We know there is this medical model of psychiatry that comes with diagnoses and labels that hurt the client’s experience with an authority of the diagnostician. To help move away from the painful labels of the client, one can rely on what is called the person-centered theory or client-based theory. Person-based theory is that which places focus on the client as the expert in the therapeutic relationship between the psychologist/social worker and the client.

A legacy of hope and inspiration 

Martin Luther King Jr. lived an extraordinary life. At 33, he was pressing the case of civil rights with President John Kennedy. At 34, he galvanized the nation with his “I Have a Dream” speech. At 35, he won the Nobel Peace Prize. At 39, he was assassinated, but he left a legacy of hope and inspiration that continues today.

Finding Hope in recovery

Finding Hope

When preoccupied in an addictive substance or behavior, it not always easy to see a life beyond the addiction; beyond the chaos, pain and suffering. But hope can be found. There is no right or wrong way to find hope. Sometimes it comes easy, and sometimes we need to work to find hope.

Below are a few ways that have helped our clients find hope even during times of deep despair.

Listen to Stories of Hope
Listening to stories of hope, success and triumphs of others can help us find hope. These stories not only inspire us, but also shed light on strategies of finding and sustaining hope even during the darkest times.

Think of the Future
Look into the future and identify who and what’s important to you. It could be a loved one such as a child, spouse or parents. It can also be an event or something you always wanted to do. Looking into the future helps cultivate a purpose and direction in life (i.e. hope).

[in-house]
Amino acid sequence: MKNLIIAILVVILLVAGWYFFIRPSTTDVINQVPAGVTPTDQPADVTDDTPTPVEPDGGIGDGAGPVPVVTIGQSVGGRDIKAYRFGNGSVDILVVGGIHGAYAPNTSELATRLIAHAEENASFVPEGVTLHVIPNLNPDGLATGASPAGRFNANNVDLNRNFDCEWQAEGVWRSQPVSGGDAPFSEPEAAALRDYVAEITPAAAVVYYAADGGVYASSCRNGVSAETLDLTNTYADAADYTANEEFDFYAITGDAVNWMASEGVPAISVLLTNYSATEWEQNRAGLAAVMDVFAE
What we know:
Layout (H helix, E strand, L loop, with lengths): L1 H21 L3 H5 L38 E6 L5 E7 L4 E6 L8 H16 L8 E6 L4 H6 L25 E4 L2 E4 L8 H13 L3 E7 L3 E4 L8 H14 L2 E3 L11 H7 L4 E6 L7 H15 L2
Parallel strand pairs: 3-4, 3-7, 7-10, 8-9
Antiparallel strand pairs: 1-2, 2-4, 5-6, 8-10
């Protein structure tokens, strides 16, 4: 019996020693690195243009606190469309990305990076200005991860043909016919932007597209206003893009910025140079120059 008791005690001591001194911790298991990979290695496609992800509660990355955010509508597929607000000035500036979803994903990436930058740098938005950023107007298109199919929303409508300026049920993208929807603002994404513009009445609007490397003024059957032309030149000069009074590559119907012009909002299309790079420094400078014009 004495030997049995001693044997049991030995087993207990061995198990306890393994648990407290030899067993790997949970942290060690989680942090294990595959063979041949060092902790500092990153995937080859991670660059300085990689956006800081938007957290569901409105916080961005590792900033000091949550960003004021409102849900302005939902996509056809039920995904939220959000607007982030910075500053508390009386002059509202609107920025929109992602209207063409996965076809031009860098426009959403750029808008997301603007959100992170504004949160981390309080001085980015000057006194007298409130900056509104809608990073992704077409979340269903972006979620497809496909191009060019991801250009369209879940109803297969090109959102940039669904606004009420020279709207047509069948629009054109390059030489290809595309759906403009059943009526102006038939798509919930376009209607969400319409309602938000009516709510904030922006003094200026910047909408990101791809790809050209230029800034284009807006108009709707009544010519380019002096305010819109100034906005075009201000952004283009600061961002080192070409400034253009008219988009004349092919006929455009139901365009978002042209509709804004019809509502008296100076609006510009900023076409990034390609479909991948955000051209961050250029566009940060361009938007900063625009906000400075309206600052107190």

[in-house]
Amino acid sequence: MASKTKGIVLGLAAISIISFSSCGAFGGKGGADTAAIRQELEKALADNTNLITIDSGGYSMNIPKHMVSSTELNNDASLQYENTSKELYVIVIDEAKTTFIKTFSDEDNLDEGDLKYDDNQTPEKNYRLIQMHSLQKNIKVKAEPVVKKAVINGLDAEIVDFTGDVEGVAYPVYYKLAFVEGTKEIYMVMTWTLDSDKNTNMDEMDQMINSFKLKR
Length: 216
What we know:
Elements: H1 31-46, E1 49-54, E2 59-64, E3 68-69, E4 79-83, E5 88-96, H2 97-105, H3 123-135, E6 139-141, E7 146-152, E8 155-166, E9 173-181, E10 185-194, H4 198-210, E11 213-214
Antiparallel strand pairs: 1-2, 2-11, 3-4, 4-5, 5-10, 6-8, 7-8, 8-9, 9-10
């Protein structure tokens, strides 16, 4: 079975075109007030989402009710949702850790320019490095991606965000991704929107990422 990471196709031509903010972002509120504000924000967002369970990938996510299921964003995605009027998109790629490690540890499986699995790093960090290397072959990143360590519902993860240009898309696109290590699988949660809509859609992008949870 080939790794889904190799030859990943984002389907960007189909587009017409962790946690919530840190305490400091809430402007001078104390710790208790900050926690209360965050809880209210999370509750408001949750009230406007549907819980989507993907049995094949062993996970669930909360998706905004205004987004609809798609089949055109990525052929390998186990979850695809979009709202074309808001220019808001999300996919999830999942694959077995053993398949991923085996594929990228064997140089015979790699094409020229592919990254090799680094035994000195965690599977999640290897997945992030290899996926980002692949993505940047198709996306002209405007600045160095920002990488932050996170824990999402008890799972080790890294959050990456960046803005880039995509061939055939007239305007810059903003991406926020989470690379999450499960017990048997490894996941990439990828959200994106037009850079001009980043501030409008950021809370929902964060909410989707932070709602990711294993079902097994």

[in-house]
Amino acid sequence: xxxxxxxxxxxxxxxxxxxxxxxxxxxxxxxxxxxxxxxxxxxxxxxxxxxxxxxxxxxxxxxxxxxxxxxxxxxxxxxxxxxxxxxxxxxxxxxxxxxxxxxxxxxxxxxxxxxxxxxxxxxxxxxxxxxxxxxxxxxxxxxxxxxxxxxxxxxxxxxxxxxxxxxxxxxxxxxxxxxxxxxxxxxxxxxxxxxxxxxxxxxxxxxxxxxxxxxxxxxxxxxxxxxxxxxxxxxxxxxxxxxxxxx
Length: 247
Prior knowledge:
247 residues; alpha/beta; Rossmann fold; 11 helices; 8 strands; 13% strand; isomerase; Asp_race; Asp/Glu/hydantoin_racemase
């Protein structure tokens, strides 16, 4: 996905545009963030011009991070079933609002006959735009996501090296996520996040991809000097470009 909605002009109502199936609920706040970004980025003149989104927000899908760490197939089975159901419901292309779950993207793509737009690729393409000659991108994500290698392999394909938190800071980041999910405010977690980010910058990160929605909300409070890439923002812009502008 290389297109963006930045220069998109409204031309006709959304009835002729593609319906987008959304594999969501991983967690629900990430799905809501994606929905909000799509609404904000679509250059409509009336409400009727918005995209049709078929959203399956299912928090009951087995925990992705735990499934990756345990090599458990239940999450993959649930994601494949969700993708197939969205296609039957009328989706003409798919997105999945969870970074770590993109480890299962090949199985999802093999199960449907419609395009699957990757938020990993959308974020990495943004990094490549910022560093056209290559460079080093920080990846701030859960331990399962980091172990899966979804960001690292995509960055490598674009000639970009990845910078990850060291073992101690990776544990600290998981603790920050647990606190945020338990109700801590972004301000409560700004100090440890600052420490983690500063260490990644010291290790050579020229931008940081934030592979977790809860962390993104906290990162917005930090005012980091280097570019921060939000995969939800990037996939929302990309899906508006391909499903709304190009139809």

Positive Affirmations
Though a simple process, positive affirmations do work. The repetition of positive affirmations leads to belief, and belief is at the heart of hope. Affirmations such as ‘I am strong, I can overcome my challenges, I am a new person, I feel new hope and I can recover’ rebuild a sense of self-worth and your belief that you are capable of achieving your goals. Not only do affirmations build belief, but also a confidence and a drive for change and action.

Leaning on a Higher Power
Many find hope by reaching for a higher power. This could be through spirituality, religion or philosophy. Reaching to a higher power is actually Step 2 in the 12-Step Process, “Came to believe that a power greater than ourselves could restore us to sanity”. Simplified this reads as ‘There is help for my problem and I believe I can address it’.

Accept Your Current Situation
For someone it may be hard to accept that they are currently in a bad place. But the courage of acceptance is the first step in desiring a better future (i.e hope). Acceptance helps us realize that our current situation is not where we want to be, and helps us develop a vision of where we want to be. Without acceptance, we cannot take control of our destiny to reach a better tomorrow.

Have Realistic and Meaningful Plan
It is action that makes hopes come true. By the mere fact of developing a plan for a better future you will build hope. The more your plan, with firm action steps and dates, you will come to realize that your vision is truly attainable.

The journey and recovery from addiction is never an easy one. No one can last long and keep fighting for recovery without hope. Hope is a central ingredient in our recovery. Finding hope and meaning, together with a solid plan, helps us move forward on our journey of recovery.

“Everything that is done in the world is done by hope” – Martin Luther

By George Ratnanather